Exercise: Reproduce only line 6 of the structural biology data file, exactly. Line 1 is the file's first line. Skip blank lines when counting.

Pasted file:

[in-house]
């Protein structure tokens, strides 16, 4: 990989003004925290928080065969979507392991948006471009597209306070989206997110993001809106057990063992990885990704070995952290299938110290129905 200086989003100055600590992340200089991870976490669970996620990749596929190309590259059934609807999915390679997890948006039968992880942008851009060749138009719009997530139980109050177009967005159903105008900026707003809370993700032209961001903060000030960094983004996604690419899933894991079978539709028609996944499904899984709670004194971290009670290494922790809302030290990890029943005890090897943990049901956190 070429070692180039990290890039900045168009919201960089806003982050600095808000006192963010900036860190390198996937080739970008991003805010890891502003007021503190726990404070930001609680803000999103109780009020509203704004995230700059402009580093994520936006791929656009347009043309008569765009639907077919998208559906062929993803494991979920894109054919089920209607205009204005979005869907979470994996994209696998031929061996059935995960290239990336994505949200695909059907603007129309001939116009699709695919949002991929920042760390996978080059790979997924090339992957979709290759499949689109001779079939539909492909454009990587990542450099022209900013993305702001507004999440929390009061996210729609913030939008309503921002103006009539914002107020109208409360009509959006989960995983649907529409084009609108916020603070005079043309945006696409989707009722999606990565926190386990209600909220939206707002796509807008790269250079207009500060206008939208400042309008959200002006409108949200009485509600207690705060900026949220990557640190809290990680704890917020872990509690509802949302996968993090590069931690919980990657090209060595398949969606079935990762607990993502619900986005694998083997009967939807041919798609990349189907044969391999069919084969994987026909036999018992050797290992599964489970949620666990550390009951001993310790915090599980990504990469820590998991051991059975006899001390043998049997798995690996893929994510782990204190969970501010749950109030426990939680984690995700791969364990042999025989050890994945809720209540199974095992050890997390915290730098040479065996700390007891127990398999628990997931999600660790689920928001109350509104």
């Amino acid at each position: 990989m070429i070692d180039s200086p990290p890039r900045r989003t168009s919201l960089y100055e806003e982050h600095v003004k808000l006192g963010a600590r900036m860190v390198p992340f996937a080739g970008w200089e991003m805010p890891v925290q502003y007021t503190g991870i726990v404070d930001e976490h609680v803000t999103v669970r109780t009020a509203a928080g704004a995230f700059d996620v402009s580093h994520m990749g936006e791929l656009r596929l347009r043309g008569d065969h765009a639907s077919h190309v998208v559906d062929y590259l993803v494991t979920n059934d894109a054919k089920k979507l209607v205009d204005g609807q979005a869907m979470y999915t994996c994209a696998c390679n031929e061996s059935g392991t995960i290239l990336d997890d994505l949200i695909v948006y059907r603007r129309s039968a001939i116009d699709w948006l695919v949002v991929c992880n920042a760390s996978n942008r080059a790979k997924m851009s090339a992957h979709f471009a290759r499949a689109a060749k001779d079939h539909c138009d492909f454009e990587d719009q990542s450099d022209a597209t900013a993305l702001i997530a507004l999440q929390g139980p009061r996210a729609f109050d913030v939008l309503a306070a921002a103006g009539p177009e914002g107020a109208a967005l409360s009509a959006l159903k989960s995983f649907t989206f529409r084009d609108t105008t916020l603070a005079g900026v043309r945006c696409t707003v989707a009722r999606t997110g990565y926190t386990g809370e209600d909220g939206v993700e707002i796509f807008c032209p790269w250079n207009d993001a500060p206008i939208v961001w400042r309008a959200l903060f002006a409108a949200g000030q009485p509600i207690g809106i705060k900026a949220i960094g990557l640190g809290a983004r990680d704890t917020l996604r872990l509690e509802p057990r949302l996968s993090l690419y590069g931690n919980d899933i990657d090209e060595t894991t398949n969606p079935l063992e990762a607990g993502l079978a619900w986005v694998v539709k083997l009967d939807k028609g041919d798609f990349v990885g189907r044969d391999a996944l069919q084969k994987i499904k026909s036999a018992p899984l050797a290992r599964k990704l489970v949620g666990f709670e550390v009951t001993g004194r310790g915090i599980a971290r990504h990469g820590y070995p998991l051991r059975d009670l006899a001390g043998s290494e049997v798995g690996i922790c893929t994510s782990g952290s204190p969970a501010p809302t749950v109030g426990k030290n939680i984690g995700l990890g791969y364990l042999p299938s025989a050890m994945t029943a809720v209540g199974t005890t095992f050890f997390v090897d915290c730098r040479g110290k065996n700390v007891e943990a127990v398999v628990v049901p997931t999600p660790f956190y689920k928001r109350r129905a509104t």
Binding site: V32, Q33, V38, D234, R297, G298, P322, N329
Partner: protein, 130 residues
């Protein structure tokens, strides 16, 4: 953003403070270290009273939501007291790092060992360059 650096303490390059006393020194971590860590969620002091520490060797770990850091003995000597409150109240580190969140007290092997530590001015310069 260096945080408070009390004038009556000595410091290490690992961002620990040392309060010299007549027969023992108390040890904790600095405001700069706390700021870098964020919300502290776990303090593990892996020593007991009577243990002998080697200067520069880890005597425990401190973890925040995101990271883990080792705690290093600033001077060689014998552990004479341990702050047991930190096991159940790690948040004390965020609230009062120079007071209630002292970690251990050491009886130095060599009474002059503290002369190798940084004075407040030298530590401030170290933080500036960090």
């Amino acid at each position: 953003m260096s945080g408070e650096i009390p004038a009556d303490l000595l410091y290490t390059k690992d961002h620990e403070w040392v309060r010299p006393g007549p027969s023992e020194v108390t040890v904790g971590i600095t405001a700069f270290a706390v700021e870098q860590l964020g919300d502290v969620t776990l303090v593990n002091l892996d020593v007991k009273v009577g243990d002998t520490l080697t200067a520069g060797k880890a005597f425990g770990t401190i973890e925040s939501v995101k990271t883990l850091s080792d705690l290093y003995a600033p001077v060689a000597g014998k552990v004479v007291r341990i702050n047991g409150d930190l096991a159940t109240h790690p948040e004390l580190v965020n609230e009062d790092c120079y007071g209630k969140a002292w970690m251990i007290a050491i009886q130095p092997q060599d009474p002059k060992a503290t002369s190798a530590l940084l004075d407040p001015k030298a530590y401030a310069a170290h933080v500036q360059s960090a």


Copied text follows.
């Protein structure tokens, strides 16, 4: 953003403070270290009273939501007291790092060992360059 650096303490390059006393020194971590860590969620002091520490060797770990850091003995000597409150109240580190969140007290092997530590001015310069 260096945080408070009390004038009556000595410091290490690992961002620990040392309060010299007549027969023992108390040890904790600095405001700069706390700021870098964020919300502290776990303090593990892996020593007991009577243990002998080697200067520069880890005597425990401190973890925040995101990271883990080792705690290093600033001077060689014998552990004479341990702050047991930190096991159940790690948040004390965020609230009062120079007071209630002292970690251990050491009886130095060599009474002059503290002369190798940084004075407040030298530590401030170290933080500036960090």